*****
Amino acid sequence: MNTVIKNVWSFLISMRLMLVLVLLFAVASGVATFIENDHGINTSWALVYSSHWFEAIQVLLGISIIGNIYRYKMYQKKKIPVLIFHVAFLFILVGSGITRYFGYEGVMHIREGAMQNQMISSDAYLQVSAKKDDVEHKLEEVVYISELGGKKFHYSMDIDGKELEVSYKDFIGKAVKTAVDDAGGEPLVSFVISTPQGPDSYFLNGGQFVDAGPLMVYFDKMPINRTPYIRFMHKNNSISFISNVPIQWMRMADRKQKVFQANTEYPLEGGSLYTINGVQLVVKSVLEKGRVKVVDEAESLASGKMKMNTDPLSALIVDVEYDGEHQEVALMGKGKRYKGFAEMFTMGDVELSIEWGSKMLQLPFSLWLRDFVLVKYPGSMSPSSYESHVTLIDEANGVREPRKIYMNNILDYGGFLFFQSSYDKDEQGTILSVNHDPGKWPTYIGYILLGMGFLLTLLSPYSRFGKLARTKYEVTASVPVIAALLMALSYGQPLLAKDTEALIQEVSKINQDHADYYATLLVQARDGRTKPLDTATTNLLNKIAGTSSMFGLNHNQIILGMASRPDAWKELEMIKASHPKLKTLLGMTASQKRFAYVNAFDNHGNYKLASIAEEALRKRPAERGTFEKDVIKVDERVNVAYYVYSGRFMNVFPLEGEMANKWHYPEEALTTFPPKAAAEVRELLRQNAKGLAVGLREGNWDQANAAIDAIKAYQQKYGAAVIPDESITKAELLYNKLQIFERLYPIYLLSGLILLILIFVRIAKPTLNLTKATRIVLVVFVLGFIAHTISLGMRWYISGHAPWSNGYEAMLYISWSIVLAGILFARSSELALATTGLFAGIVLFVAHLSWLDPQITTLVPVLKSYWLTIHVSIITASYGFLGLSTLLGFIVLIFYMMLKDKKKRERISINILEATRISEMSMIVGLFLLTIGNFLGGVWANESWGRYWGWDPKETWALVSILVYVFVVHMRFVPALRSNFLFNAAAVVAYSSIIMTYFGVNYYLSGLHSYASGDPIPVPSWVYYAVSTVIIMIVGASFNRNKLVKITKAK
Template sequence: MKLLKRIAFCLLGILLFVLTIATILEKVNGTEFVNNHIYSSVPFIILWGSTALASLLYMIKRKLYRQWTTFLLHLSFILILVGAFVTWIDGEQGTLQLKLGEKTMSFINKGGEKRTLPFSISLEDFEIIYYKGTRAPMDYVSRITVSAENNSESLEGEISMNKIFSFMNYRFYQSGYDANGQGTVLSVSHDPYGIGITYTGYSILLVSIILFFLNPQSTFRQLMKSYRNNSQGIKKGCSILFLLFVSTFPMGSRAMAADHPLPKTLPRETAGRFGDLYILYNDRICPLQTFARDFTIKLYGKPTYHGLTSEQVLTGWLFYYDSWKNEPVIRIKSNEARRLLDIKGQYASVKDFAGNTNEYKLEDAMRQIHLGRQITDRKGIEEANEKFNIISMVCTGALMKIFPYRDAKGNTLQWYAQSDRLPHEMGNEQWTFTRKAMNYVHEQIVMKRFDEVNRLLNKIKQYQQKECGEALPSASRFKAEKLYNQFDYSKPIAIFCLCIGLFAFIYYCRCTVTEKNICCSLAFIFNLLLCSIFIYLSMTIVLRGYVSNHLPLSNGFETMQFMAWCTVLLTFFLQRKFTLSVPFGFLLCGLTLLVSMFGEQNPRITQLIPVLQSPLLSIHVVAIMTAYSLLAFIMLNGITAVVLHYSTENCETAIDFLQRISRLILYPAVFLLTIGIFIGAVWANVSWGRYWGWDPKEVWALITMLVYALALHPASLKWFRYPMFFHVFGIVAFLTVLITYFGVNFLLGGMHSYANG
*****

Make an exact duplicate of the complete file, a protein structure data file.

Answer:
Amino acid sequence: MNTVIKNVWSFLISMRLMLVLVLLFAVASGVATFIENDHGINTSWALVYSSHWFEAIQVLLGISIIGNIYRYKMYQKKKIPVLIFHVAFLFILVGSGITRYFGYEGVMHIREGAMQNQMISSDAYLQVSAKKDDVEHKLEEVVYISELGGKKFHYSMDIDGKELEVSYKDFIGKAVKTAVDDAGGEPLVSFVISTPQGPDSYFLNGGQFVDAGPLMVYFDKMPINRTPYIRFMHKNNSISFISNVPIQWMRMADRKQKVFQANTEYPLEGGSLYTINGVQLVVKSVLEKGRVKVVDEAESLASGKMKMNTDPLSALIVDVEYDGEHQEVALMGKGKRYKGFAEMFTMGDVELSIEWGSKMLQLPFSLWLRDFVLVKYPGSMSPSSYESHVTLIDEANGVREPRKIYMNNILDYGGFLFFQSSYDKDEQGTILSVNHDPGKWPTYIGYILLGMGFLLTLLSPYSRFGKLARTKYEVTASVPVIAALLMALSYGQPLLAKDTEALIQEVSKINQDHADYYATLLVQARDGRTKPLDTATTNLLNKIAGTSSMFGLNHNQIILGMASRPDAWKELEMIKASHPKLKTLLGMTASQKRFAYVNAFDNHGNYKLASIAEEALRKRPAERGTFEKDVIKVDERVNVAYYVYSGRFMNVFPLEGEMANKWHYPEEALTTFPPKAAAEVRELLRQNAKGLAVGLREGNWDQANAAIDAIKAYQQKYGAAVIPDESITKAELLYNKLQIFERLYPIYLLSGLILLILIFVRIAKPTLNLTKATRIVLVVFVLGFIAHTISLGMRWYISGHAPWSNGYEAMLYISWSIVLAGILFARSSELALATTGLFAGIVLFVAHLSWLDPQITTLVPVLKSYWLTIHVSIITASYGFLGLSTLLGFIVLIFYMMLKDKKKRERISINILEATRISEMSMIVGLFLLTIGNFLGGVWANESWGRYWGWDPKETWALVSILVYVFVVHMRFVPALRSNFLFNAAAVVAYSSIIMTYFGVNYYLSGLHSYASGDPIPVPSWVYYAVSTVIIMIVGASFNRNKLVKITKAK
Template sequence: MKLLKRIAFCLLGILLFVLTIATILEKVNGTEFVNNHIYSSVPFIILWGSTALASLLYMIKRKLYRQWTTFLLHLSFILILVGAFVTWIDGEQGTLQLKLGEKTMSFINKGGEKRTLPFSISLEDFEIIYYKGTRAPMDYVSRITVSAENNSESLEGEISMNKIFSFMNYRFYQSGYDANGQGTVLSVSHDPYGIGITYTGYSILLVSIILFFLNPQSTFRQLMKSYRNNSQGIKKGCSILFLLFVSTFPMGSRAMAADHPLPKTLPRETAGRFGDLYILYNDRICPLQTFARDFTIKLYGKPTYHGLTSEQVLTGWLFYYDSWKNEPVIRIKSNEARRLLDIKGQYASVKDFAGNTNEYKLEDAMRQIHLGRQITDRKGIEEANEKFNIISMVCTGALMKIFPYRDAKGNTLQWYAQSDRLPHEMGNEQWTFTRKAMNYVHEQIVMKRFDEVNRLLNKIKQYQQKECGEALPSASRFKAEKLYNQFDYSKPIAIFCLCIGLFAFIYYCRCTVTEKNICCSLAFIFNLLLCSIFIYLSMTIVLRGYVSNHLPLSNGFETMQFMAWCTVLLTFFLQRKFTLSVPFGFLLCGLTLLVSMFGEQNPRITQLIPVLQSPLLSIHVVAIMTAYSLLAFIMLNGITAVVLHYSTENCETAIDFLQRISRLILYPAVFLLTIGIFIGAVWANVSWGRYWGWDPKEVWALITMLVYALALHPASLKWFRYPMFFHVFGIVAFLTVLITYFGVNFLLGGMHSYANG